A new course at Emory University in Atlanta, Georgia aims to teach students about the importance of valuing one’s blackness and one’s self. “The Power of Black Self-Love” takes a critical look at history, current affairs, and social movements. The course is taught by Dr. Dianne M. Stewart, Associate Professor of Religion and African American Studies, and Dr. Donna Troka, associate director at the Center for Faculty Development and Excellence, as part of Emory’s Interdisciplinary Exploration and Scholarship (IDEAS) program.
The side car course is located at the overlap of our two courses. While Dr. Stewart’s course spoke directly to the theory and practice of Black Love, Dr. Troka’s course looked at how Black people have celebrated Blackness (Black is Beautiful, Black Power) and demanded recognition of Black humanity (I am a Man, #BlackLivesMatter) over the last sixty years. Students were asked to consider not only theories of Black Love and histories of Black social movements, but also to interrogate contemporary cultural products of these areas. More specifically we were interested in topics such as the power and force of Black Twitter over the last decade, the impact of social media on BlackLives (#BlackLivesMatter and #SayHerName), and/or the creation and continued support of Black Girl Magic (both generally but also looking at the success of Shonda Rhimes, Kerry Washington, Viola Davis, Ava DuVernay, and more recently, many African American female athletes). With this focus, we hoped to raise awareness and bring attention to the power of Black (Self) Love amidst continued efforts at Black destruction through individual and structural anti- Black racism.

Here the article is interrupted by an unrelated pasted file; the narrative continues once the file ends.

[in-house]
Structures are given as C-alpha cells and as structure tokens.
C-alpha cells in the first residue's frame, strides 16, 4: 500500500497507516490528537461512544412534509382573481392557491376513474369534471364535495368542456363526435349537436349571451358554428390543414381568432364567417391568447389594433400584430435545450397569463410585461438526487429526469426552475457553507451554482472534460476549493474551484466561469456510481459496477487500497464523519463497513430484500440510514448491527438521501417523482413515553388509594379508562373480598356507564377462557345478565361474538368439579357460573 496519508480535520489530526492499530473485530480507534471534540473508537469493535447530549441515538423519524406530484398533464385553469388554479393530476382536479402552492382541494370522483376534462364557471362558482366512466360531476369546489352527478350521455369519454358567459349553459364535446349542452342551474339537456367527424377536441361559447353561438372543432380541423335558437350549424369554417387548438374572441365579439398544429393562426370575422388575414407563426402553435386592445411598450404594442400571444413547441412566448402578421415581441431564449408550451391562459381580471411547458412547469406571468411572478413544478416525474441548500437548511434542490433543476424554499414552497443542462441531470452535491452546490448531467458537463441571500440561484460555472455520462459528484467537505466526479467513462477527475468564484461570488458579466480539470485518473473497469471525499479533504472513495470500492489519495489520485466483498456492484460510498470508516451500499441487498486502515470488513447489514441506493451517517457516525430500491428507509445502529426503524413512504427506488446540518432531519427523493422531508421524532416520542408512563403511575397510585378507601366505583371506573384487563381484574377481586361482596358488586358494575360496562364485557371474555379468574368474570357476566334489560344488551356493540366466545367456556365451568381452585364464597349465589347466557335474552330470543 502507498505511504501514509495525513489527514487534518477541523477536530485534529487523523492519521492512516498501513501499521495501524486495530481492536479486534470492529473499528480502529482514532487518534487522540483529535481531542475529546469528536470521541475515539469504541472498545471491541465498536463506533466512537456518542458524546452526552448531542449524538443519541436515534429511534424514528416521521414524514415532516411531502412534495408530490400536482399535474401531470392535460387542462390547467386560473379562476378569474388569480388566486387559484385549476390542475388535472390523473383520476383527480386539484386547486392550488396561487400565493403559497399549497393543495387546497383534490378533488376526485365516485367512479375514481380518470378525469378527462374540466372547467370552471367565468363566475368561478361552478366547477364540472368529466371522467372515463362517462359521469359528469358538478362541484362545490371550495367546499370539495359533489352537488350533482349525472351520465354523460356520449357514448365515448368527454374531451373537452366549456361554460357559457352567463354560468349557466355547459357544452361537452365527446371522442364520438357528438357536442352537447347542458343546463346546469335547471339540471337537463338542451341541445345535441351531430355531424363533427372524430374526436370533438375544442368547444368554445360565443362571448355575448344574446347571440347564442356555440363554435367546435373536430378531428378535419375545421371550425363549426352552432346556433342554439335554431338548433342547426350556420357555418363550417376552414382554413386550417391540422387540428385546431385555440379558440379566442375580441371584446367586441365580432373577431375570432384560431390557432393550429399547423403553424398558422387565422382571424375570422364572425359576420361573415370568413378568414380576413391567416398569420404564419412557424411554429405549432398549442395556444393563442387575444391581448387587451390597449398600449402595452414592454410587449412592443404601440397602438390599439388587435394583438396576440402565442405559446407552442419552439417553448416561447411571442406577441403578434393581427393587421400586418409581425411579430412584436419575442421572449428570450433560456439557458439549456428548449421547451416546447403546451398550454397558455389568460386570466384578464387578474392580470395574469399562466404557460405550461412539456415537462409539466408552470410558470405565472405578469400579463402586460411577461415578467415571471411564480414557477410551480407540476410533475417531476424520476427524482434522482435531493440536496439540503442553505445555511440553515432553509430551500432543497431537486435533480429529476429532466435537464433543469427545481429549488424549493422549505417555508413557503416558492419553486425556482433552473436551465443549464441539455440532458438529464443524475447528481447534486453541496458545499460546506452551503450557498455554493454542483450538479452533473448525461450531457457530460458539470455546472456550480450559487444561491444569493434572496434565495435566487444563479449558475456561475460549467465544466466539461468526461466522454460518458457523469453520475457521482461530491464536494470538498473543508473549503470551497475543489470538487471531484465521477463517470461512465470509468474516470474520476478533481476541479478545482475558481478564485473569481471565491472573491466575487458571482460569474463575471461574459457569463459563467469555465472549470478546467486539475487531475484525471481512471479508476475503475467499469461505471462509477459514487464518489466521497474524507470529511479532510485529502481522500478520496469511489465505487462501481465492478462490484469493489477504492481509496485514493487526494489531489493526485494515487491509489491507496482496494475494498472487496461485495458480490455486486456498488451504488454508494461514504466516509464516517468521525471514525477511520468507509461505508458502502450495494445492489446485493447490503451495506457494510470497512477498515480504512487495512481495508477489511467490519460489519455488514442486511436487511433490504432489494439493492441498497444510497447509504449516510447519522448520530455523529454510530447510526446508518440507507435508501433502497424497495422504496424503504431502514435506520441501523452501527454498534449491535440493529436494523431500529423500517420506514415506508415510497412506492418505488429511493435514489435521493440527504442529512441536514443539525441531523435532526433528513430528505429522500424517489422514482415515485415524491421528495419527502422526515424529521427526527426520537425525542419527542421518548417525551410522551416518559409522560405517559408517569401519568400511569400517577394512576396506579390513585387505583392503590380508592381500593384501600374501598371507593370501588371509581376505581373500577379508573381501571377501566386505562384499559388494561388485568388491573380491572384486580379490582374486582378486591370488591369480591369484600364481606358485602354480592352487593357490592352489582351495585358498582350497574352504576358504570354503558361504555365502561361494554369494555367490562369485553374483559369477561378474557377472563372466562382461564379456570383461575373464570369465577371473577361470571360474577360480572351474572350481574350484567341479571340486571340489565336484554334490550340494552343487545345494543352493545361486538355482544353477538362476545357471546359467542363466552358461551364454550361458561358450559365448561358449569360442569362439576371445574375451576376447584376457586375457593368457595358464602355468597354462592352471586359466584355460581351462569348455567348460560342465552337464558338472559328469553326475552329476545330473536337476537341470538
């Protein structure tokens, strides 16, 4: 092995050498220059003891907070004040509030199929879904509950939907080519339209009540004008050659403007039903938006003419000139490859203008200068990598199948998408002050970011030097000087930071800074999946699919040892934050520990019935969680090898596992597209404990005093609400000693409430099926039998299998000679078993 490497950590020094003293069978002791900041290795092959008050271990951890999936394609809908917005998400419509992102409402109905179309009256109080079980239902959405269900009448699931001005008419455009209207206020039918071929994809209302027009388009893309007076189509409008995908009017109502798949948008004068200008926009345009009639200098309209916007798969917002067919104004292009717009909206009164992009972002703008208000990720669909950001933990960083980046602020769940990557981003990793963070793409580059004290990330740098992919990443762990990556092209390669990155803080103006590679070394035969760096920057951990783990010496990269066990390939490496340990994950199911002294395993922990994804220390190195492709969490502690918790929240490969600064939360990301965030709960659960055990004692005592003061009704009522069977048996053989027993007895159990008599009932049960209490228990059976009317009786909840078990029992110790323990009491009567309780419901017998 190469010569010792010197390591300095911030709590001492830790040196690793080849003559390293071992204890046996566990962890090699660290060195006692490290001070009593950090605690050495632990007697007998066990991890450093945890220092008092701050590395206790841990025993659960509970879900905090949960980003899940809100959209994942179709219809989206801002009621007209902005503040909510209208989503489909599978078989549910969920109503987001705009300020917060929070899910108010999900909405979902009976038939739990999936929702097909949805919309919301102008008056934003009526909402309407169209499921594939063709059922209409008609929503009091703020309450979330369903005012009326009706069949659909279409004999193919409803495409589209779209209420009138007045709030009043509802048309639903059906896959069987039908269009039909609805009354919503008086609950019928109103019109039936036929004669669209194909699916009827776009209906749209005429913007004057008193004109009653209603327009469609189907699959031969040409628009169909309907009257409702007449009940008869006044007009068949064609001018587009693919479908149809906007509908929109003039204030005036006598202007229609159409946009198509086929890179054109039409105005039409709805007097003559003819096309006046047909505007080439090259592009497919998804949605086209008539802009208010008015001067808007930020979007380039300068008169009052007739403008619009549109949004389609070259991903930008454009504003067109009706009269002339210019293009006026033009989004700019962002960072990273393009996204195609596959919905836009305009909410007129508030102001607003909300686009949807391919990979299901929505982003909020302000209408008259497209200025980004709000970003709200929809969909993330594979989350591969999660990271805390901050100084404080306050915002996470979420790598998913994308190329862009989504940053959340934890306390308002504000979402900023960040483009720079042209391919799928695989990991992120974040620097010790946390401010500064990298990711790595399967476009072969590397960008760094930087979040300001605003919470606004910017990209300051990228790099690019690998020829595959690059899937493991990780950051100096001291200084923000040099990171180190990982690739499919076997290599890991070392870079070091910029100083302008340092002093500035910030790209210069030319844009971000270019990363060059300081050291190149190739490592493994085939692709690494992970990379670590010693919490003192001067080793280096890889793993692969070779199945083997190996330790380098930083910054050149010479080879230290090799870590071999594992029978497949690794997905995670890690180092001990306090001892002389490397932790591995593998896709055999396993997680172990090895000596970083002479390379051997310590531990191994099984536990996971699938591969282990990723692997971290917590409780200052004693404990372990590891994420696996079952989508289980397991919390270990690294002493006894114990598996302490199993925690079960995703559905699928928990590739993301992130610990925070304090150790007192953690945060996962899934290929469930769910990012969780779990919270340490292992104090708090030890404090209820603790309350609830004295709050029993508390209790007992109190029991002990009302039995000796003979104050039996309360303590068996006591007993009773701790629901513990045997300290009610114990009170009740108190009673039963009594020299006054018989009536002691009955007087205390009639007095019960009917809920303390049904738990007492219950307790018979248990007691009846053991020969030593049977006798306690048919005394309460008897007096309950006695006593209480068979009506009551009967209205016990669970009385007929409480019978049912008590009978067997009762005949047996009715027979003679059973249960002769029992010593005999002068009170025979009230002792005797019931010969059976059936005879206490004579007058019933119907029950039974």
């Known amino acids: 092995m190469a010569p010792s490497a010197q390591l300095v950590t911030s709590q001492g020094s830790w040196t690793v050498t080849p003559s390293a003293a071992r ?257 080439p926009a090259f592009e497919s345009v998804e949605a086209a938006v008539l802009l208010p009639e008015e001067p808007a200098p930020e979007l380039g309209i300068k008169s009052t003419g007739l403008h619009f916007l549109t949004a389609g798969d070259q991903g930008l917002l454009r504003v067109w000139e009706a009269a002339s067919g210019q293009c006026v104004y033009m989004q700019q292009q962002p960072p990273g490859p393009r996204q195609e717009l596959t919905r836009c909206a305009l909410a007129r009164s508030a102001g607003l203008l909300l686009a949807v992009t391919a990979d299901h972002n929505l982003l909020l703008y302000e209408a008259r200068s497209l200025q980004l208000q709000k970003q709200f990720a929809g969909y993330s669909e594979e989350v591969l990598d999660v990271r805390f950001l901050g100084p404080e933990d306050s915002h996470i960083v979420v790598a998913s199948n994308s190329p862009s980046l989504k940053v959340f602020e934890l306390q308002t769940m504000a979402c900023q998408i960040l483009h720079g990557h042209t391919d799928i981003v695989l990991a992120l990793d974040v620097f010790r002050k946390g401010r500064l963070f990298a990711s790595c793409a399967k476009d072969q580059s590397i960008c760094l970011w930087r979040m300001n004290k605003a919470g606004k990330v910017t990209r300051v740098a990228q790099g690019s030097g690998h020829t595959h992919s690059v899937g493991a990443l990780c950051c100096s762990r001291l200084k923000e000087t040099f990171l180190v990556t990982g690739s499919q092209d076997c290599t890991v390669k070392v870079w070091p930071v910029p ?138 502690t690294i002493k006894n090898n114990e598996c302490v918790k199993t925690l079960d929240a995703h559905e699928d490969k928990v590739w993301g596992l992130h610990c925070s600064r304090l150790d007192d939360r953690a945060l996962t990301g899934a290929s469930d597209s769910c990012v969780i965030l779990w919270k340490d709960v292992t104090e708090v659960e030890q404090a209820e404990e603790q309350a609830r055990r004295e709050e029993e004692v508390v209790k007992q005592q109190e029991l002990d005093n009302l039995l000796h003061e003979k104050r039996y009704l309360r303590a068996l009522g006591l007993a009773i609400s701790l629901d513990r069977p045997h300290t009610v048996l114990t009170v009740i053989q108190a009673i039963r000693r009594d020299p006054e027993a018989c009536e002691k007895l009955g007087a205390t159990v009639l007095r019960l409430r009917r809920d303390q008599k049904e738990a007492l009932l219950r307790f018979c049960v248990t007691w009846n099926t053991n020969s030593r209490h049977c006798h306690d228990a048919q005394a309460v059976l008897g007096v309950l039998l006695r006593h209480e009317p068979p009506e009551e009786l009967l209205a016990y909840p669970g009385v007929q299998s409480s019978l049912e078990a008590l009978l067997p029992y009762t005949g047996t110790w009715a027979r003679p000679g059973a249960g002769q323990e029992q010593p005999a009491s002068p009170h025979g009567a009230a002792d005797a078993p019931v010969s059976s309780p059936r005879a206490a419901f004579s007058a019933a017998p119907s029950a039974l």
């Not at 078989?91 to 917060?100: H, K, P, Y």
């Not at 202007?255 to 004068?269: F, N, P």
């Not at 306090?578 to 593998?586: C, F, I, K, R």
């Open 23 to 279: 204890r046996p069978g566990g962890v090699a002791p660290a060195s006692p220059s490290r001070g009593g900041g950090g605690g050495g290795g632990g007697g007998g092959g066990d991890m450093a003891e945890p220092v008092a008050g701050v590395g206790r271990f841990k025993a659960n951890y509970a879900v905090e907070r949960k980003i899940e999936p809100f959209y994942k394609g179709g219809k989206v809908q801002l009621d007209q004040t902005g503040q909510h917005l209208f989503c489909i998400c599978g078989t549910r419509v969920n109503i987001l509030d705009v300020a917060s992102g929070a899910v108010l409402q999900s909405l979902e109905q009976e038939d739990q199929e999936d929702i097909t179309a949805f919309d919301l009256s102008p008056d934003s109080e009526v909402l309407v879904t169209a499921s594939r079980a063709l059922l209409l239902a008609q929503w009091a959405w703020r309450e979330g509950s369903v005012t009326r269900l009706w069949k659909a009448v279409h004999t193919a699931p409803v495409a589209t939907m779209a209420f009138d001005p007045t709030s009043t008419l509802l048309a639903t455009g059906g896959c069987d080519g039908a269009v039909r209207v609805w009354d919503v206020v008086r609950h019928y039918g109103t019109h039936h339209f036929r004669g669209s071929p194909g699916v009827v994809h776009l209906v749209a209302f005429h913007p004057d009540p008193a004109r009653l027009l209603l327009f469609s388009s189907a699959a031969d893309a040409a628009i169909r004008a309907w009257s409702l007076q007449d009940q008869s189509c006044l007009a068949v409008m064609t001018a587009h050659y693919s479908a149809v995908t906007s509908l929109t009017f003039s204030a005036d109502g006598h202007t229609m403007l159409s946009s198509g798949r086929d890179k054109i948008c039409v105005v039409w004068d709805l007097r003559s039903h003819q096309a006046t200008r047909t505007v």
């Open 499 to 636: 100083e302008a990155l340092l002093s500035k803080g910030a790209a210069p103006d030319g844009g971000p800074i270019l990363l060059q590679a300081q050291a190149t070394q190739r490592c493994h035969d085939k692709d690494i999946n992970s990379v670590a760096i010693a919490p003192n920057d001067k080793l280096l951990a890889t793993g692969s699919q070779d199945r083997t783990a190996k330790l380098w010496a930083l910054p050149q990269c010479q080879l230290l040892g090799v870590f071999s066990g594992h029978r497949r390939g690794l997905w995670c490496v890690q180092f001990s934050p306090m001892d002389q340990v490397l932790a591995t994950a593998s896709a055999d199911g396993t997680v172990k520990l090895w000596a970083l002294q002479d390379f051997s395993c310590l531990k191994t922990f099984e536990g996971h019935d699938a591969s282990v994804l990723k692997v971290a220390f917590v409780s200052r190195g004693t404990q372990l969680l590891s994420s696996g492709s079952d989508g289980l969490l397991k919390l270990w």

“The Power of Black Self-Love” course was created with input from students as well as educators. For their final project, students created a series of presentations, which included photography exhibitions, an interview series, and a project that focused on the music of the #BlackLivesMatter movement.
Meet the students and check out more of the projects on Emory’s Scholarblog Site.